Night Walk Maelstrom
Wind pushes a coat of gasoline
past me, the sky
yellowed by thunderstorms
ten miles upstate.
It might as well be 1994
or before I was even born.
I see my father racing down
of a man in flames, begging
the doormen to study his face
and tell him where to find me.
It’s been ten years
since we spoke, and five
since I saw him
standing outside the house
when I was the only one awake.
I’m watching him now,
although he doesn’t see me;
three thousand miles east in the night,
where doormen grim
and motionless in the rain
but never say a word.
Shooting Free Throws After the Parent-Teacher Conference
I wish I could say we live
in a demilitarized zone.
I wish I knew a ball turret gunner
to invite to class.
Anyone here have a passion for the Holocaust?
For the Sioux Indians?
For World War Two newspaper headlines in general?
My dad was a pilot.
My dad was a terrorist.
My dad goes running when I get home from school.
Days of 1999
My father, standing in our driveway, pulls a plastic football helmet down over my head.
My father would rather be doing this than anything.
He would rather be doing this than sitting inside at the kitchen table with my mother and grandmother, or folding his t-shirts and socks in the plum quiet of the master bedroom. The spackle smears and the white bed sheets—and the light switch turned off.
He would rather be alone with me or by himself.
The helmet fit me at the store. I was bought a whole replica John Elway uniform, helmet, jersey, pads, pants, and socks. I wear my baseball cleats on bottom. Everything fits now except the helmet, and I won’t stop telling him about it, how I want this one to fit, not any new one from the store.
The magnolia growing from the center of our lawn holds seedpods that pop on the cement driveway. When they hit the lawn they thud and indent the grass. It sounds like the baseball that I throw up and down on my bedroom floor when it hits the carpet.
My father knows what all the trees are called. He knows the names of hundreds of men who died in the Civil War. He talks to me mostly about Bach and Mozart, people he works with who have framed posters of Bach and Mozart, of pianos he got to play in other people’s houses.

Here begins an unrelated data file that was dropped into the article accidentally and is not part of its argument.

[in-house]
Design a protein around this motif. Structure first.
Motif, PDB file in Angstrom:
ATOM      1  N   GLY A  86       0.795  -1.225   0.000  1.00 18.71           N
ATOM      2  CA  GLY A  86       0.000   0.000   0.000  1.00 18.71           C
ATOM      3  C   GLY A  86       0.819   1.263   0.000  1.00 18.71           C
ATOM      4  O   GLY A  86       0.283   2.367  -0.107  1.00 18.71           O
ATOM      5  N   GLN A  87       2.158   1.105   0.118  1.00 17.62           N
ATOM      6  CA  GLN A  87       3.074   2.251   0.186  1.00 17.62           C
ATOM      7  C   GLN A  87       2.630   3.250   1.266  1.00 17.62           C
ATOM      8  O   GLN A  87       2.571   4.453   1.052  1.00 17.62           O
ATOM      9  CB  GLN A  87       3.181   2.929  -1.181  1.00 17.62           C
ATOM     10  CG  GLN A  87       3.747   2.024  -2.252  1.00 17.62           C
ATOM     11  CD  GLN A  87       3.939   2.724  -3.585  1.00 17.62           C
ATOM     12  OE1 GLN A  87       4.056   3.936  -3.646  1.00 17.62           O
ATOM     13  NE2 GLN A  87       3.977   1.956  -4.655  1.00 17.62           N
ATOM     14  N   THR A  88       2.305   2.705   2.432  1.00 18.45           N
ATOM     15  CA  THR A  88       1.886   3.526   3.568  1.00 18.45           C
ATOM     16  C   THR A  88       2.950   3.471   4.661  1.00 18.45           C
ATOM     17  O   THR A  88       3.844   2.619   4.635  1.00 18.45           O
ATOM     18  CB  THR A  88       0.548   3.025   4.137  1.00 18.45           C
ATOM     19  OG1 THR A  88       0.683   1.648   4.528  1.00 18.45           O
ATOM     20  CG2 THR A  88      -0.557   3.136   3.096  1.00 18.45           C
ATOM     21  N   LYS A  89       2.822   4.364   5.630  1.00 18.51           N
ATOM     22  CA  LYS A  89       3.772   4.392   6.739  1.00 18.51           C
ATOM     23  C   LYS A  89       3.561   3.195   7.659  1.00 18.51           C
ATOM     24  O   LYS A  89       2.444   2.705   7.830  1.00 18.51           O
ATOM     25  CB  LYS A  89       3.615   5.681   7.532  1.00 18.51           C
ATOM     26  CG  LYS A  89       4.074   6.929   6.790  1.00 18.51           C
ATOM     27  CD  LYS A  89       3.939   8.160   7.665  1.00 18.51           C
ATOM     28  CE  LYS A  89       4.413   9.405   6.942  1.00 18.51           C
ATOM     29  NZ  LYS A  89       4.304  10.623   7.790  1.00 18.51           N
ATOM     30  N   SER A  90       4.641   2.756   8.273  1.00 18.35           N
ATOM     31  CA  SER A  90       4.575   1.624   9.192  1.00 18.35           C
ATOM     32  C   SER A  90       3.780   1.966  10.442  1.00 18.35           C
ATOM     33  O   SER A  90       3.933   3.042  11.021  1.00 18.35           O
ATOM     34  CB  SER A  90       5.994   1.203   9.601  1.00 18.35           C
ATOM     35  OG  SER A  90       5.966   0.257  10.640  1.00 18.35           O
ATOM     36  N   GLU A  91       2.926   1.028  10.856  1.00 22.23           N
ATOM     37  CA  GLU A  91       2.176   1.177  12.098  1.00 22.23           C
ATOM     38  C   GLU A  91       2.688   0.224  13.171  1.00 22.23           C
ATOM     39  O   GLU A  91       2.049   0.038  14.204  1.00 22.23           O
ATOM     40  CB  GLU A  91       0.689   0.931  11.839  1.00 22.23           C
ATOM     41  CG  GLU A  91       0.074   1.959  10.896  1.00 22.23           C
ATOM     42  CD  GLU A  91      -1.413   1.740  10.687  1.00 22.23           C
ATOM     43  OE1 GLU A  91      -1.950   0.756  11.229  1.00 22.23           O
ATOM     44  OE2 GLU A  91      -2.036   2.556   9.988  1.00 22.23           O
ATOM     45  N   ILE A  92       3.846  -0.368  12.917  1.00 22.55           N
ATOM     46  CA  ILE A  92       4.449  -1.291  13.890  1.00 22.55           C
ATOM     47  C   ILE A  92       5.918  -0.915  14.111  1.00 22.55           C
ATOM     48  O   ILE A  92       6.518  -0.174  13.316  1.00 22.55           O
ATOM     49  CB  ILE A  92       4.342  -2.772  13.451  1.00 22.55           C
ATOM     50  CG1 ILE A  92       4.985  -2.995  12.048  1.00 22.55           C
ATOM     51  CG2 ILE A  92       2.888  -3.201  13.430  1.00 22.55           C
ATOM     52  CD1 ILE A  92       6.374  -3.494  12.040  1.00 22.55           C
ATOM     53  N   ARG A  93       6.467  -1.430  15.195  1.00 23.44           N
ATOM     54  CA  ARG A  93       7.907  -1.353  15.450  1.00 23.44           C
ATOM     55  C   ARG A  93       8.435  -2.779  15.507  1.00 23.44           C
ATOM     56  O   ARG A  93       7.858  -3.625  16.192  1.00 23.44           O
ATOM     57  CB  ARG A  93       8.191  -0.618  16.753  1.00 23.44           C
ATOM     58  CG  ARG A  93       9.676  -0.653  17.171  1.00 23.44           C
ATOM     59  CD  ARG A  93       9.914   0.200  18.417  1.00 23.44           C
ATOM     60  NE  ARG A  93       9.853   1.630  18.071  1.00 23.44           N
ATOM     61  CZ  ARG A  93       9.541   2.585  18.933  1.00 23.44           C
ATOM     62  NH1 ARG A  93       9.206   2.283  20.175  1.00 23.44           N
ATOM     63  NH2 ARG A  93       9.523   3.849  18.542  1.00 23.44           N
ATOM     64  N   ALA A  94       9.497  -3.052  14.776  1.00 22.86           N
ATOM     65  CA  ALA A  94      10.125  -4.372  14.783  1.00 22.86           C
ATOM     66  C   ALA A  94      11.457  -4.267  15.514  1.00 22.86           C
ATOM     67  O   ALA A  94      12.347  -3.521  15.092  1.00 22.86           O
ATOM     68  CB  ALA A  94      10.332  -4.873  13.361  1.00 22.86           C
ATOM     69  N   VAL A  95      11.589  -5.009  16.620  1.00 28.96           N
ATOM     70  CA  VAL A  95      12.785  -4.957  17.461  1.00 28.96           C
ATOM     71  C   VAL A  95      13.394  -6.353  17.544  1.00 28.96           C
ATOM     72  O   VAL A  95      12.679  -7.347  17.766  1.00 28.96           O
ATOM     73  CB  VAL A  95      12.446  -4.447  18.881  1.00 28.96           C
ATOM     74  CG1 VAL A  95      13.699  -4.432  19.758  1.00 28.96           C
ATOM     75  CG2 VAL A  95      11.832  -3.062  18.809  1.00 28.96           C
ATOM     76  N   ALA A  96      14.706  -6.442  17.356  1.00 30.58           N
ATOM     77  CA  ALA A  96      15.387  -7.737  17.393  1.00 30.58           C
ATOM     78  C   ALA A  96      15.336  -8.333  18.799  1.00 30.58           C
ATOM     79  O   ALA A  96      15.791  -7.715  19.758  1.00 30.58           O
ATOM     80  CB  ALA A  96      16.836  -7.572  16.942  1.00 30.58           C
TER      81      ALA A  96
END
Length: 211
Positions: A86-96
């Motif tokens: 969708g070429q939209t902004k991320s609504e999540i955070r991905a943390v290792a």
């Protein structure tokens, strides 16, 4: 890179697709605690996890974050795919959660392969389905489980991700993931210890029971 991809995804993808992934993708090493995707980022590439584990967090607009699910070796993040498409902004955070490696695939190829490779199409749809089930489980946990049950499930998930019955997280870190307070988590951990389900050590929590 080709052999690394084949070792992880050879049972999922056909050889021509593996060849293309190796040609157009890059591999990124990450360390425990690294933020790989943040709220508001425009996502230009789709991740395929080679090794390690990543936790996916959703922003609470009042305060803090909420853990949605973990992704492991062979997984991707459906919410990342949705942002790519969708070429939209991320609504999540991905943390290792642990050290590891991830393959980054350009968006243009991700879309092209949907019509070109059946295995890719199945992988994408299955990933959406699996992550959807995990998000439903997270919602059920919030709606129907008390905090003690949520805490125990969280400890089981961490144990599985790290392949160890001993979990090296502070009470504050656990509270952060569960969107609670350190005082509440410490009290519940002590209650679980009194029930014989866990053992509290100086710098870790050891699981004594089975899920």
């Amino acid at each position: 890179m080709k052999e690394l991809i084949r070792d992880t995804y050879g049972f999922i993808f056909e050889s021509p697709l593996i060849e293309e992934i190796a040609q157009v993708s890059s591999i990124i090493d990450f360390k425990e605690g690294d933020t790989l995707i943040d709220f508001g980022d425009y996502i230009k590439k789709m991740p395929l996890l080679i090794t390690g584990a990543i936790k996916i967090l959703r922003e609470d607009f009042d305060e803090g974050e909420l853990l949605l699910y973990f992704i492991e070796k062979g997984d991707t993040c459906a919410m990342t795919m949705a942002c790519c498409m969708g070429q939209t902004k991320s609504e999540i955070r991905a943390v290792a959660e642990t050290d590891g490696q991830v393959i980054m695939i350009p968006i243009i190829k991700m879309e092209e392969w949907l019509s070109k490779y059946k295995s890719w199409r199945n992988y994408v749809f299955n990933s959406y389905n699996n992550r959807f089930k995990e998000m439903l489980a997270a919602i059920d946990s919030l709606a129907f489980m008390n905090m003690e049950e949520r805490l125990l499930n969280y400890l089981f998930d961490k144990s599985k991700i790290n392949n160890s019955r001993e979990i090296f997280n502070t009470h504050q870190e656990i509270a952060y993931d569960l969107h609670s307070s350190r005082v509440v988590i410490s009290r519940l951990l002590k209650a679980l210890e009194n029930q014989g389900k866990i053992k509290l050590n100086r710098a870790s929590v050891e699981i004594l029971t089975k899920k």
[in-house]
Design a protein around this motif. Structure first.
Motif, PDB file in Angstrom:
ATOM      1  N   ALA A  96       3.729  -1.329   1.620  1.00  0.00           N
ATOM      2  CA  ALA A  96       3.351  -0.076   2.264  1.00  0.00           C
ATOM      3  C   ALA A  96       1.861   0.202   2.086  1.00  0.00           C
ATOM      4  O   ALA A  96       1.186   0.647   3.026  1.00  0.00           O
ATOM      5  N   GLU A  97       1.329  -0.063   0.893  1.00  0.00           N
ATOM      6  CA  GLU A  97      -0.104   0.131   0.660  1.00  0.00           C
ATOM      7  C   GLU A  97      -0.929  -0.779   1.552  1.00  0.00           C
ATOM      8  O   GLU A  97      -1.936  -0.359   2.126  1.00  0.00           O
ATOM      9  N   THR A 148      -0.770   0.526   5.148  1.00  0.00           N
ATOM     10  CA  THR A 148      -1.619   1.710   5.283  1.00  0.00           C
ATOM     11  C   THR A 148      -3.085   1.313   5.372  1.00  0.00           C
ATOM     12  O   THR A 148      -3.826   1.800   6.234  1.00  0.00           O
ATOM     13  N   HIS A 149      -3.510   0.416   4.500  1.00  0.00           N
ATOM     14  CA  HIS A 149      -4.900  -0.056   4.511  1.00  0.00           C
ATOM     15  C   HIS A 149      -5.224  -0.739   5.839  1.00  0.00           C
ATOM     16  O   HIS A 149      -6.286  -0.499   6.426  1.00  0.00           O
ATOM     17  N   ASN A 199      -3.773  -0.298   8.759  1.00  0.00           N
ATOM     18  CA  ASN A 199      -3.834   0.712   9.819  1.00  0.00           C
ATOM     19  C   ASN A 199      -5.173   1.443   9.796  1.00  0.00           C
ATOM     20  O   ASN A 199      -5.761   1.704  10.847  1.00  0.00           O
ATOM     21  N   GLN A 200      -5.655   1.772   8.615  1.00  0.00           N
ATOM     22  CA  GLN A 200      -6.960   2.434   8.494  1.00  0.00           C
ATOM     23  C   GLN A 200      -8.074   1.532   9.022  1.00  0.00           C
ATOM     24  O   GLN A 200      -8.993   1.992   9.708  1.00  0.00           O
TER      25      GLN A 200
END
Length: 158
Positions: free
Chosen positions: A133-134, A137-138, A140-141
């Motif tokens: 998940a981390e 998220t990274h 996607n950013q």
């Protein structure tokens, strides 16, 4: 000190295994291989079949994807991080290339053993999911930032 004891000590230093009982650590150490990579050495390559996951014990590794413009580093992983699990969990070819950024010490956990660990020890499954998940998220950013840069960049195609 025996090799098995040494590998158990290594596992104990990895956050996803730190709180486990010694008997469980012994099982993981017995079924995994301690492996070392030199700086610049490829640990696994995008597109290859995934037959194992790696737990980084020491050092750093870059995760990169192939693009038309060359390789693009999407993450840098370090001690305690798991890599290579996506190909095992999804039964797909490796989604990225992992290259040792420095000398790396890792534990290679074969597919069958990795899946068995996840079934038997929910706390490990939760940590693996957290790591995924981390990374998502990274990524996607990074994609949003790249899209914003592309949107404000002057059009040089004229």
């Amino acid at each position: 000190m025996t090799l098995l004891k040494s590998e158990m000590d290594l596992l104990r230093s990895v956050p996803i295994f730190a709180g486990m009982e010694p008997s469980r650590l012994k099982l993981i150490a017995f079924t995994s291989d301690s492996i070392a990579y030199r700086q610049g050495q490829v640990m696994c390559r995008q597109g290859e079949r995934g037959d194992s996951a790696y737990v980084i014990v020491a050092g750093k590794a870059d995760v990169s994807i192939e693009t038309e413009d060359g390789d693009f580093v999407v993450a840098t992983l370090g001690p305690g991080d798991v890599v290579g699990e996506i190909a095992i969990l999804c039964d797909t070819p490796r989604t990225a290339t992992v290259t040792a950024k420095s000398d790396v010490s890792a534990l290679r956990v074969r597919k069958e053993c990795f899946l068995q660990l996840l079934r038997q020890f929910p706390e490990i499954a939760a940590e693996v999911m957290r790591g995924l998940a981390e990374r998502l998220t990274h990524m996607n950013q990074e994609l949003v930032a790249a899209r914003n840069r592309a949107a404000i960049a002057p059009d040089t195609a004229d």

My father would rather be running in the woods, playing chess with a stranger, shaking hands with the oboist who lives around the corner.
Throwing a football as hard as he can into the sky.
Yelling for me to catch it.
My father pulls the helmet over my ears and asks if they burn after being exposed to the cold. My mother and grandmother give first warning from the blind bay windows that dinner will soon be ready. My grandfather has turned on a college basketball game on the living room TV that dances in flashes of white and blue through the glass at the edge of the house.
In the cold, my father has worn less than necessary on purpose. He has quoted to me: Douglas MacArthur; Hey Arnold; and the man from the store.
My father would rather do this than eat.
After dinner we will go back outside, try to play catch as long as possible through the dim brown light and mosquitos. My mother and grandmother will join my grandfather in the living room, and fall asleep before the game ends, letting the TV change to late-night talk shows then infomercials and hours of public programming.
My father and I will stop playing catch when it’s no longer possible to see and we’ll walk up and down the middle of the street so many times I’ll lose count. We’ll run to opposite sidewalks.
My father would rather do this than sleep.
Michael Juliani is a poet, editor and writer from South Pasadena, California. His work has appeared or is forthcoming in outlets such as Washington Square Review, LA Review of Books, BOMB, Los Angeles Times, and the Adirondack Review.